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$M$ is a square matrix $M$ ( matrix representation of a linear operator $L$ acting on a hilbert space $H$ , $L: H \to H$ ) with eigen values $\lambda_i$ and corresponding eigen spaces $V_i$. I know if two eigen spaces are orthogonal eg. $V_i$ and $V_j$ then it means every vector of first eigen space is orthogonal to every vector of second eigen space. But I have two doubts I am having trouble proving ( I know that eigen spaces are linearly independent )

  • If two eigen spaces $V_i$ and $V_j$ are not orthogonal can we still find a pair of vectors $u \in V_i , w \in V_j$ such that $u$ and $w$ are orthogonal ?
  • I know that for a normal operator all eigen spaces are orthogonal to each other. Is it possible to have a linear operator where some pairs of eigen spaces are orthogonal but not all ?
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  • Yes, certainly. $0\in V_i$ and $0\in V_j$ and $\langle 0,0\rangle = 0$
  • Yes, certainly. If $L\colon H\to H$ has nonrthogonal eigenspaces and wlog. $1$ is not an eigenvalue, then consider $L\oplus\operatorname{id}\colon H\oplus \mathbb C\to H\oplus \mathbb C$.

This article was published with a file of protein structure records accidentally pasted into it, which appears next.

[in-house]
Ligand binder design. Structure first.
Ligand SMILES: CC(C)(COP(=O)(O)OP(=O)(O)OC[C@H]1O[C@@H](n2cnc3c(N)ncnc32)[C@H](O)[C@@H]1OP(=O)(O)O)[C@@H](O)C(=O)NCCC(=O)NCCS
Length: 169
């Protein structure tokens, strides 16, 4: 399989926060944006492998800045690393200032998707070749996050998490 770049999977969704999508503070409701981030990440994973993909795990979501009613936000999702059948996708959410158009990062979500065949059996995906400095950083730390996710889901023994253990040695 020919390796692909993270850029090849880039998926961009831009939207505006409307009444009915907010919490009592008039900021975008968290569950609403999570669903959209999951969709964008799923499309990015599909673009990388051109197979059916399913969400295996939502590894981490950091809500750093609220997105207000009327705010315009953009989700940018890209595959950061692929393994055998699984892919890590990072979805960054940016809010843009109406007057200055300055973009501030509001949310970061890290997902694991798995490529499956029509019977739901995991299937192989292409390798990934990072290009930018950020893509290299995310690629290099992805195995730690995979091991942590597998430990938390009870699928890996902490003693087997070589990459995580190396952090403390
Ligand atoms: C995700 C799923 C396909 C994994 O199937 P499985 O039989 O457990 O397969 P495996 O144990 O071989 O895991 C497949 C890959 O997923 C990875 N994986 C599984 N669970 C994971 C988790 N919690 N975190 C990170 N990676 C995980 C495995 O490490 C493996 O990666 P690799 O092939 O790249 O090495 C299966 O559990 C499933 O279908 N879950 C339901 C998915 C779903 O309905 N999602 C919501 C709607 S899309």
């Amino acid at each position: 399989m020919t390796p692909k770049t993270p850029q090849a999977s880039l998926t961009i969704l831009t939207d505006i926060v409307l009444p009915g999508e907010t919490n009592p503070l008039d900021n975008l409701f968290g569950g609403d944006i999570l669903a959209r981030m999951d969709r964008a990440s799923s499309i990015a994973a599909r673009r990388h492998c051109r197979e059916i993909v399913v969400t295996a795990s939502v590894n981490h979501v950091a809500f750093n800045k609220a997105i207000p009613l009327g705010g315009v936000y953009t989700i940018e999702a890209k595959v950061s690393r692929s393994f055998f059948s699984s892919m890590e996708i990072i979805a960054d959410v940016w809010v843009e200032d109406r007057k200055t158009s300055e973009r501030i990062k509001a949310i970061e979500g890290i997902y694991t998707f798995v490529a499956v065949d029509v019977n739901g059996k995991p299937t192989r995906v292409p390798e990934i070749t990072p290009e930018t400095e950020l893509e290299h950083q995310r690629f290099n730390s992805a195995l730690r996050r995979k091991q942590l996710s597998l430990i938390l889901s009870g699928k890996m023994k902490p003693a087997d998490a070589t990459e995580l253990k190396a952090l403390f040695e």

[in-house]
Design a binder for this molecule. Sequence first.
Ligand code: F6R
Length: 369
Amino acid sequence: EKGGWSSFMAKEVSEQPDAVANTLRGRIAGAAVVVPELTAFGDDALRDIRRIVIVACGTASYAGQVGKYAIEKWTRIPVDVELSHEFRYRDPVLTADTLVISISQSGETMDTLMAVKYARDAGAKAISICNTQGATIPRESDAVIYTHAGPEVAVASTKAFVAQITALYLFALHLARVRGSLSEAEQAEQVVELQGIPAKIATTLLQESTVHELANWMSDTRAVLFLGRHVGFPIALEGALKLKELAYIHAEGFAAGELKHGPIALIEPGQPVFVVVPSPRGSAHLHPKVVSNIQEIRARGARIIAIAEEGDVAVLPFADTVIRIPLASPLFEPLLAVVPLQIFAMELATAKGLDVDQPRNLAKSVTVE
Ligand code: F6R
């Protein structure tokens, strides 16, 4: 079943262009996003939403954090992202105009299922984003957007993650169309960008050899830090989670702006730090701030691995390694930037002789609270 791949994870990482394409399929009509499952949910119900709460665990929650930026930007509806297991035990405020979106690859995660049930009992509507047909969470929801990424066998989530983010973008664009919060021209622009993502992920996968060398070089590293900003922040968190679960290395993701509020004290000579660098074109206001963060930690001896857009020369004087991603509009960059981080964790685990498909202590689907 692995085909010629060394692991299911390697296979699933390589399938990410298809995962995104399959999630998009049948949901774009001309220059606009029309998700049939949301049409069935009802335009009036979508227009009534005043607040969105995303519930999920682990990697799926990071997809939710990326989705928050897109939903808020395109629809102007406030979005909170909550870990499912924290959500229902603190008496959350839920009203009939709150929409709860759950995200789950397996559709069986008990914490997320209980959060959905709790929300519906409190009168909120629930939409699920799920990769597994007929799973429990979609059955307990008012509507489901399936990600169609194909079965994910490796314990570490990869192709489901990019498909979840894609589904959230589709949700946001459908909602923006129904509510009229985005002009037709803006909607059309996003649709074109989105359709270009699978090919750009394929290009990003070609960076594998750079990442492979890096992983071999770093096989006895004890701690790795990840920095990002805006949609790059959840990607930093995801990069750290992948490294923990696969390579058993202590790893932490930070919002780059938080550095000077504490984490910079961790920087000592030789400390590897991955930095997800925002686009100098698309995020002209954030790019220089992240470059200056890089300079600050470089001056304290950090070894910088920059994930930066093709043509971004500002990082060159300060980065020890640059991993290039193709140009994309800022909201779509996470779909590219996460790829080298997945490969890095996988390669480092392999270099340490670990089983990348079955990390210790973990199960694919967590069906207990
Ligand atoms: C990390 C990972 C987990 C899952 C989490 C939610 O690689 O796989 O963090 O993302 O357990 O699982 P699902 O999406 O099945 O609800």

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    $\begingroup$ Using 0 is kind of obtuse (no pun intended). The real answer to 1 is no, considering only the interesting case of two nonzero vectors. $\endgroup$ May 1 '15 at 17:33
  • $\begingroup$ Apart from null vector there won't be a vector , for the first case. Am I correct ? $\endgroup$
    – sashas
    May 1 '15 at 17:34
  • $\begingroup$ @MattSamuel thanks . I get it now. $\endgroup$
    – sashas
    May 1 '15 at 17:34
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    $\begingroup$ @sasha The answer is no in general. The answer is very often yes. $\endgroup$ May 1 '15 at 17:37
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  1. Yes, it is possible.

  2. Yes, in fact you can build a matrix with any eigenvectors/eigenvalues you like.

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